What Is An Electric Fuse And How Does It Work?

A lot of electric components in your home owe their safety to the fuse.

Whenever you experience immense power surges but still find that your extension socket hasn’t been burnt to dust, the fuse, when used, is a component that ensures this is the case.

What is a fuse, and how does it work?

Our guide seeks to answer these questions today as we present all you need to know about one, including the different types and how a fuse differs from a circuit breaker.

Let’s get right into it.

What is a Fuse?

An electrical fuse is a small device with a thin strip of conductor that protects homes and appliances against excessive power surges. It is an electrical safety device that cuts power off to the appliance or electrical system when the flowing current surpasses its recommended rating.

what is a fuse

Electricity isn’t just an element that poses a shock hazard to us. Just as humans have a maximum amount of voltage that can flow through the body without causing any fatalities, your electrical appliances and systems typically have their own current and voltage ratings. 

When the supply of electricity surpasses these ratings, your electrical systems are dealt a fatal blow. In homes and businesses, this means spending a lot of money to repair or even replace expensive devices and appliances. 

Sometimes, a surge like this, when there is no protection, may even cause fire hazards and prove very dangerous to humans. To protect against the adverse effects of overcurrent, the fuse comes into play.

What Does a Fuse Do?

To protect against power surges, the thin conducting strip in the fuse melts and breaks the circuit. This way, the flow of electricity to other components within the circuit is interrupted and these components are saved from burning. The fuse is used as a sacrifice to protect against overcurrent. 

what does a fuse do

The thin conductor is an internal wire or element made from zinc, copper, or aluminum, among other metals whose characteristics may be predicted.

The fuse is fitted in series within the circuit so that all current flows through it. In the fuse itself, the wires are installed between the two terminals and contact the terminals at both ends. 

Apart from blowing due to excess electricity supply, fuses also break when there is a short or ground fault.

A ground fault occurs when there is an alien conductor that serves as an alternate ground in the circuit.

This short could be from a human hand or any metal object coming in contact with a live wire. An electrical fuse designed for this also blows or melts.

Knowing whether a fuse has blown is a relatively easy task. You can perform visual inspections on transparent types by checking whether the wire has snapped or melted, or whether there are signs of burn.

You may also use a multimeter to test a fuse for continuity. This is the most accurate diagnosis method.

Electrical Fuse Characteristics

Fuses come in different designs and with different ratings. A fuse rating is the maximum amount of current or voltage that can pass through its thin metal wire before it melts down.

This rating is usually 10% lower than the rating of the device the fuse safeguards so that the protection is adequate.

The fuse may also come with different breaking capacities and have different response times, based on the type of fuse it is.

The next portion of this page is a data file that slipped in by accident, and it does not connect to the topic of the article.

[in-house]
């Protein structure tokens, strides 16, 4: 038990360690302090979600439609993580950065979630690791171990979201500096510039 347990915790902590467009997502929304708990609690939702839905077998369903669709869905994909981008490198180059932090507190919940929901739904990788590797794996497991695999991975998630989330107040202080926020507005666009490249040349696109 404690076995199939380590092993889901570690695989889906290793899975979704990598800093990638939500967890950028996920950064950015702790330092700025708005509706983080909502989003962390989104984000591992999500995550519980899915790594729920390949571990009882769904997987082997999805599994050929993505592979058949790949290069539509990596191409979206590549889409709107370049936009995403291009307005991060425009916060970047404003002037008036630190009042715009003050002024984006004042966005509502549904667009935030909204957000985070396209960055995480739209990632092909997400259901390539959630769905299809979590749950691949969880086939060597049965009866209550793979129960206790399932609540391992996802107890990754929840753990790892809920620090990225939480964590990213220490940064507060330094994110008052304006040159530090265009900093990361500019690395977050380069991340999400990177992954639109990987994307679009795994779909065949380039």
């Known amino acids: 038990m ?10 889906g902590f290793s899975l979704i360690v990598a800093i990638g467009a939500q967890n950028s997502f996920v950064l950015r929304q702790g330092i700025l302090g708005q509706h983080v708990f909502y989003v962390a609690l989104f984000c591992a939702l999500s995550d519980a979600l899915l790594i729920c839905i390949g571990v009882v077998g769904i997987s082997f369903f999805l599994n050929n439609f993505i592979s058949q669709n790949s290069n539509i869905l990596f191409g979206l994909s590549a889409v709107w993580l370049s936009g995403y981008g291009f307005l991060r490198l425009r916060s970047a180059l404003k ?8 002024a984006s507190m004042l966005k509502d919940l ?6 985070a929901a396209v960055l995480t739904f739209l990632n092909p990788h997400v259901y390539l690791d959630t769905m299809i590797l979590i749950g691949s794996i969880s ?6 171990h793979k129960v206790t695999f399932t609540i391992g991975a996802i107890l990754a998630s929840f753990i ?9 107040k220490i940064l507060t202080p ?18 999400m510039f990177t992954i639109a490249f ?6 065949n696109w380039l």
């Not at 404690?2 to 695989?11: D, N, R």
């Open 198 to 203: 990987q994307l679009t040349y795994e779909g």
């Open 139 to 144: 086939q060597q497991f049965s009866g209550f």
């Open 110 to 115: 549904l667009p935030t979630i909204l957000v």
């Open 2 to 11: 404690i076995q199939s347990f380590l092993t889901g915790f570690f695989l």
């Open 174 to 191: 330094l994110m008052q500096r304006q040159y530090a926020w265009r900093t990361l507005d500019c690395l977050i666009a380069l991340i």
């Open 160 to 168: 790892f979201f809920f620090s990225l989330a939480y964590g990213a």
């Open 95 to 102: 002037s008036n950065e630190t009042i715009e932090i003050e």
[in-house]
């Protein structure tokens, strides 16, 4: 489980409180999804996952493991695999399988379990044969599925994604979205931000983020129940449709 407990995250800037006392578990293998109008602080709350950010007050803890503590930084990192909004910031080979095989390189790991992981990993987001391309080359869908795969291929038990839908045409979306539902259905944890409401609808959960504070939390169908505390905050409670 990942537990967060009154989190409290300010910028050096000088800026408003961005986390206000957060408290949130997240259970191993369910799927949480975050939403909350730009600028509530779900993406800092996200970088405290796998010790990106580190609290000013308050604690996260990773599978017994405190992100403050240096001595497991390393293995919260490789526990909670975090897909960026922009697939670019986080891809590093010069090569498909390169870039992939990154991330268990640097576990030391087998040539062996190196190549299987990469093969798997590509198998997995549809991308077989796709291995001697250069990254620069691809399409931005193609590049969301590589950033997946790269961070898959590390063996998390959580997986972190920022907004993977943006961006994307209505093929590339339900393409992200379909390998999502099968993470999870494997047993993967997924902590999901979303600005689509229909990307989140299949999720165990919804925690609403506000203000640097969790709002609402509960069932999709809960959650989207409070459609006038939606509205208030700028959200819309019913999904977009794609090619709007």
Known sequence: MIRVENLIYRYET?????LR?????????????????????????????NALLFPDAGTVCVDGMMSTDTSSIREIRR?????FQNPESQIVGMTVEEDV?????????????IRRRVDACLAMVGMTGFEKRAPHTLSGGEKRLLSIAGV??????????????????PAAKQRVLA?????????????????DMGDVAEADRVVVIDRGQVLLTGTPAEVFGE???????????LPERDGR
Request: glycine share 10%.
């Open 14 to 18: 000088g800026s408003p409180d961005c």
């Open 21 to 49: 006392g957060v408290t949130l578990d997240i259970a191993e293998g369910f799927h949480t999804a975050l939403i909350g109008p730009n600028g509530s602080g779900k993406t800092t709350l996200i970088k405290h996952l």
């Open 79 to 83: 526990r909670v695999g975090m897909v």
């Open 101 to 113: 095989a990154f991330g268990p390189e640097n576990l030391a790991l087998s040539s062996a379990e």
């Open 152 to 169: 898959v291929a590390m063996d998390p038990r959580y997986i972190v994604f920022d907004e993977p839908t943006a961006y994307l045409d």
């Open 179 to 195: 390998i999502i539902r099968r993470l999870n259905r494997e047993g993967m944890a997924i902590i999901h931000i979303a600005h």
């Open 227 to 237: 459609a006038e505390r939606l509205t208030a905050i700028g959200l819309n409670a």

electrical fuse characteristics

Current Rating

The current rating is the maximum amperage the fuse is designed to allow to pass through. Any slight excess in this rating makes the wire burn down.

However, this rating is always used alongside a volt rating and response time rating, which all depend on the circuit the fuse is used in. 

Voltage Rating

Just like the current rating, the volt rating of a fuse is the maximum volt the metal strip may accommodate. When determining this rating, however, it is usually placed higher than the volt supply from the source.

This is especially when multiple devices using the same current rating but different volt ratings are present within an electrical system. The volt rating is usually set to the highest safe voltage. 

Due to this, medium-volt varieties are not used within low-volt circuits or systems to maintain close protection of the components. 

Response Time

The response time of a fuse is the delay before the metal strip burns down. This response time works closely with the current rating to be as adequately protective as possible. 

For instance, standard fuses require a current supply twice their rating to blow in one second, while fast-blow ones with this same rating and supply may burn our in 0.1 seconds. A slow-blow fuse cuts off the power supply after over 10 seconds. 

Making a choice from these depends on the sensitivity and characteristics of the device to be protected.

Fast-responding fuses are used in devices with components that are very susceptible to the slightest current spikes, while the slow-responding or time-delay varieties are used in motors where it is common for components to draw higher current than usual for several seconds. 

Breaking Capacity

The breaking capacity of a fuse is a rating used in high rupture capacity (HRC) versions. HRC fuses allow overcurrent to pass through for some time with the expectation that it reduces. They then break or melt if this reduction doesn’t happen. 

You may have guessed right that this is common with time-delay types and the breaking point is simply the maximum current supply allowed during this short delay time. 

When the time delay rating isn’t reached but the breaking point is surpassed, the fuse blows off or melts down. This is a form of double protection. HRC fuses may also be called High Breaking Capacity (HBC) fuses in this regard.

There are also high-voltage HRC fuses used in high-volt electrical circuits and low-voltage HRC fuses used in low-volt distribution systems. These low-voltage HRC fuses are typically bigger than regular fuses.

Fuse Construct

Overall, the ratings of a fuse determine its strength and construction. For instance, in large-capacity fuses, you may find multiple strips or metal wires, while some other fuses utilize steel bars to support the strip against strain.

Some use materials to control the splitting of metal and you will also find strip wires that are made like springs to speed up the parting process. 

History of The Fuse